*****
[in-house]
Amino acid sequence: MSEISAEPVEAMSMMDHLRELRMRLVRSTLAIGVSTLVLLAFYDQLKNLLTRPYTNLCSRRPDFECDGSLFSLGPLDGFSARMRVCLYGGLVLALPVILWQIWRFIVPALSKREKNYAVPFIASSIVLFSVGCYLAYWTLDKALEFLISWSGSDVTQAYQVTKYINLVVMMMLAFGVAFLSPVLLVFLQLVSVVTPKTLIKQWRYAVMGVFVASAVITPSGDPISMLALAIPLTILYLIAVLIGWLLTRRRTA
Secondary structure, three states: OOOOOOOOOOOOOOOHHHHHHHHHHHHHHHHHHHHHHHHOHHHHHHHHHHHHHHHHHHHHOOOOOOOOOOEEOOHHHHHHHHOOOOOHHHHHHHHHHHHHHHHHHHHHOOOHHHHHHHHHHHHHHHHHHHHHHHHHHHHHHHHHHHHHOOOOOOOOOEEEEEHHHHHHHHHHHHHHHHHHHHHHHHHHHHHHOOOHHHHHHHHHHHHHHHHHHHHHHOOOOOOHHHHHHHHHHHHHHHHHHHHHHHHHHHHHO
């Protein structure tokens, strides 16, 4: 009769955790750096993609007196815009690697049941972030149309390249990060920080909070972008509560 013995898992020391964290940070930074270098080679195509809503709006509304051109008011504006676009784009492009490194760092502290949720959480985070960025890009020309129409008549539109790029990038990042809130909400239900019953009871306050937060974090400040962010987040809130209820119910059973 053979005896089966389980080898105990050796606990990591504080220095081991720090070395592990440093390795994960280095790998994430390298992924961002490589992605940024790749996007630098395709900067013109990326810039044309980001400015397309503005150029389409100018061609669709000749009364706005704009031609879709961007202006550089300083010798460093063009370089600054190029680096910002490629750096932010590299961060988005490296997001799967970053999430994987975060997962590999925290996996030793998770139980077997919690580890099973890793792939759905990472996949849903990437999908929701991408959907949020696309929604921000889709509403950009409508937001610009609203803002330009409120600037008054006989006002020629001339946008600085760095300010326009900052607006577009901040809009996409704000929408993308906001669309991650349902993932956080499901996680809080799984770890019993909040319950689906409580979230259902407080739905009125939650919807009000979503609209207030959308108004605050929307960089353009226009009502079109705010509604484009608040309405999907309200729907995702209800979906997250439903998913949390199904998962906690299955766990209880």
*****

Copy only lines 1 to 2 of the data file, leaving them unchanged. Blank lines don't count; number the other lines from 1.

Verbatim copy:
[in-house]
Amino acid sequence: MSEISAEPVEAMSMMDHLRELRMRLVRSTLAIGVSTLVLLAFYDQLKNLLTRPYTNLCSRRPDFECDGSLFSLGPLDGFSARMRVCLYGGLVLALPVILWQIWRFIVPALSKREKNYAVPFIASSIVLFSVGCYLAYWTLDKALEFLISWSGSDVTQAYQVTKYINLVVMMMLAFGVAFLSPVLLVFLQLVSVVTPKTLIKQWRYAVMGVFVASAVITPSGDPISMLALAIPLTILYLIAVLIGWLLTRRRTA